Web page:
and justification were many. The doctrine of the trinity in
unity, of the three " Natures " in one, of original sin, of tran-
substantiation, all gave rise to a certain intellectual tension.
The dogmas of the Church accordingly required some such
" solvent " as scholasticism before science and free thought
could find their way into Christendom. In Islam the case
was otherwise ; with the exception of the unity of God — the
doctrine of Tauhid, which was the foundation of Mohammed's
Church — there was no dogma upon which insistence was placed
in any such form as to compel Reason to hold back its
acceptance. The doctrine of " origin and return " — mabdd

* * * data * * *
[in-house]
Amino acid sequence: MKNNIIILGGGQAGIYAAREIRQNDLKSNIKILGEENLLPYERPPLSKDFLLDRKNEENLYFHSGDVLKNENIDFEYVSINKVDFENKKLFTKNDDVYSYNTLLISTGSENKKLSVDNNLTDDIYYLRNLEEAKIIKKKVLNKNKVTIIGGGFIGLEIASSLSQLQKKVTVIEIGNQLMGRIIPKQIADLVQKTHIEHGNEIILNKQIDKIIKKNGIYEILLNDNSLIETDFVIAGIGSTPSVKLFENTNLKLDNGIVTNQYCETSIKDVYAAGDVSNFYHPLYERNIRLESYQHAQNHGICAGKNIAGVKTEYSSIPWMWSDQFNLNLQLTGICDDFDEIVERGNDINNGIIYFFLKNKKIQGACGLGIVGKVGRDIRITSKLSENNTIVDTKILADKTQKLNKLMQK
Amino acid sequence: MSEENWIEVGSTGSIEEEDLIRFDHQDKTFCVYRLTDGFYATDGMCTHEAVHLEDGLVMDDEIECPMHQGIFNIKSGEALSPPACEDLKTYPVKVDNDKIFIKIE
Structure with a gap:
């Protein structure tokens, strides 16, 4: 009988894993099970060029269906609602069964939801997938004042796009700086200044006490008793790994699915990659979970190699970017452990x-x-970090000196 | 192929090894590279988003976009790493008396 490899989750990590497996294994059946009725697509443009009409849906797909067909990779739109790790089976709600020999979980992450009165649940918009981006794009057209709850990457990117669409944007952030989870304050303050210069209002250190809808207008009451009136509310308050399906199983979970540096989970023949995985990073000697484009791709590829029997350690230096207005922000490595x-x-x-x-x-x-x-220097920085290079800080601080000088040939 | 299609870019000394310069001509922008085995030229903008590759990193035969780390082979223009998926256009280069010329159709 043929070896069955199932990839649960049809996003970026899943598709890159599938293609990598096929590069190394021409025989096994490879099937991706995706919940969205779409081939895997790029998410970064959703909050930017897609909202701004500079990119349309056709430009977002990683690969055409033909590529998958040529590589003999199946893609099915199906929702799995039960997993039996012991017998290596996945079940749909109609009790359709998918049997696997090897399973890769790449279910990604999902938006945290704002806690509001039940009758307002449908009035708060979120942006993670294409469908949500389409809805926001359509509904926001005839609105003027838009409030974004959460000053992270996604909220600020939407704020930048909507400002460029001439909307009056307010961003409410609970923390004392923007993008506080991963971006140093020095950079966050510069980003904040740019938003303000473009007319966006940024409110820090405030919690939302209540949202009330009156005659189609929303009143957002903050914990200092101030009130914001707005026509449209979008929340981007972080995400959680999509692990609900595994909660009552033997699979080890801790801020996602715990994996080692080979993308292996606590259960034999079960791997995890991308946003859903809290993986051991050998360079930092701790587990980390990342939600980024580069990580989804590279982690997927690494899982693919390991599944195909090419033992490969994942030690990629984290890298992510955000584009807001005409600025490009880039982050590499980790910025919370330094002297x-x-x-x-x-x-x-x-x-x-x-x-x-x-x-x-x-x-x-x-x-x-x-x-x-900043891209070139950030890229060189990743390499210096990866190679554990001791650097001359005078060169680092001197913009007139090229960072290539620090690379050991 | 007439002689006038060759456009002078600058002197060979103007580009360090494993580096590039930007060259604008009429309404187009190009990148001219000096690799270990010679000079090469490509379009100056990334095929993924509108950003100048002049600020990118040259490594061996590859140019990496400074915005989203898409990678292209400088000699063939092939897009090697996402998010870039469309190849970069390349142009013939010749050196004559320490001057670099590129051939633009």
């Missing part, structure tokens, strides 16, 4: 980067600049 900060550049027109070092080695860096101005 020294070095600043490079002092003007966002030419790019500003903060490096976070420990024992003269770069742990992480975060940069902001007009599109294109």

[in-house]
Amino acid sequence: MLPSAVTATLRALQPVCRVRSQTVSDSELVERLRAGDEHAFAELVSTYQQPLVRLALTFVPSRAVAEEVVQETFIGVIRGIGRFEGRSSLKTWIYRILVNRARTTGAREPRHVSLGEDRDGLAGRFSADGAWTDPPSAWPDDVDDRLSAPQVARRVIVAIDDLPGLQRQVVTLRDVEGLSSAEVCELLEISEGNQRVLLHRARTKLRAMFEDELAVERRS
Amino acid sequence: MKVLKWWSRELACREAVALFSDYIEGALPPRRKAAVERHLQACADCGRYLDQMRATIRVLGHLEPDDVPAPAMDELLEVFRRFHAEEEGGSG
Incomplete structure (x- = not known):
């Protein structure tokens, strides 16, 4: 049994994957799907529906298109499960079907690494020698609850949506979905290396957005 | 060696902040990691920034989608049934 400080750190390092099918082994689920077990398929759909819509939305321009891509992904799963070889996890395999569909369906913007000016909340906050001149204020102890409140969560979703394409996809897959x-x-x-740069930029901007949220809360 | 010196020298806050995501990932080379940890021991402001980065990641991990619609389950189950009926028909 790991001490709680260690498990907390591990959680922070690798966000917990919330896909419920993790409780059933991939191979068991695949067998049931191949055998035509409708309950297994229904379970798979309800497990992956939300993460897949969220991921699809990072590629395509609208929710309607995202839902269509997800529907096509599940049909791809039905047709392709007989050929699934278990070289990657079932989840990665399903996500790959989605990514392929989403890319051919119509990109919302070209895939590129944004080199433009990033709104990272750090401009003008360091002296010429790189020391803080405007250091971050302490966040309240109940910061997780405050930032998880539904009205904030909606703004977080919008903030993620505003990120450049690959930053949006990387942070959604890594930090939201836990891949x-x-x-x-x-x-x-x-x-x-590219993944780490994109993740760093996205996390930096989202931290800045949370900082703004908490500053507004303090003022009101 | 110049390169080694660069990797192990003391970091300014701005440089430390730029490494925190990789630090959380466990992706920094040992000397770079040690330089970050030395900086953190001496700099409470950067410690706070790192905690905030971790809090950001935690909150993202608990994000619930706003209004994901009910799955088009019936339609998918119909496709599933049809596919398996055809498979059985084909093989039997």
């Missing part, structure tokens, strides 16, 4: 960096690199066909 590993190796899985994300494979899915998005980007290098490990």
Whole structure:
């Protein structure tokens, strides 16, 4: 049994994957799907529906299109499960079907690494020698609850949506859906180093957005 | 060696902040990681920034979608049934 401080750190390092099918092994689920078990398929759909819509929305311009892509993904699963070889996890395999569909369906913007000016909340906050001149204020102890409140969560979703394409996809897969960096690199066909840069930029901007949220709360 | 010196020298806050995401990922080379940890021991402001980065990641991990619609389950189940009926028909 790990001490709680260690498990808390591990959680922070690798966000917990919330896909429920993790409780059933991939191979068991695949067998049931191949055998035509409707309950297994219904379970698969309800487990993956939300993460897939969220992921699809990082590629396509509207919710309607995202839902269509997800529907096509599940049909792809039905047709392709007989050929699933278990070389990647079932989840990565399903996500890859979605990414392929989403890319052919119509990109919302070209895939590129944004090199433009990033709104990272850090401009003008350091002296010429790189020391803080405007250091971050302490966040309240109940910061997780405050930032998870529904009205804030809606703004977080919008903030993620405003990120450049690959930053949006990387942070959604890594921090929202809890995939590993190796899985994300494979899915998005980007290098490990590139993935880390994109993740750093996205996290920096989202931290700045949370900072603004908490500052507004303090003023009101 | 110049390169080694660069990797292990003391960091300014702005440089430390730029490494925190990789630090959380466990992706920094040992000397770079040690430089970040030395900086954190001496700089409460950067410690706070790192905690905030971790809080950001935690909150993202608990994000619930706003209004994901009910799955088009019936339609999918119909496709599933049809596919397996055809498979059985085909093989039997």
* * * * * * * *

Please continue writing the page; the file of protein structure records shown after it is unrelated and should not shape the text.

( f*xj-c ) and madd ( ±Im ), " coming (from God) and returning
(to Him) " — and of the moral responsibility of man, was founded
on the conception of a Primal Cause — the Originator of all
things. That the Ego will not be entirely lost after it has
been set apart from its earthly habiliments, that it will exist as
a self-conscious entity after the dissolution of the body, is a
notion which has been shared alike by the wise and the ignorant.
Some few have denied a future existence, but the generality
have believed in it, though all have differed as to the nature of
that existence. So also as regards moral responsibility, there
is great divergence of opinion on the mode in which man shall
discharge the obligation ; but there is little difference on the
question that he is responsible for the use or misuse of his
powers. On both these questions the words of the Teacher
allow the greatest latitude of judgment ; so long as the original
conceptions were retained and accepted, Mohammed's Church
permitted the broadest and most rationalistic view. Hence it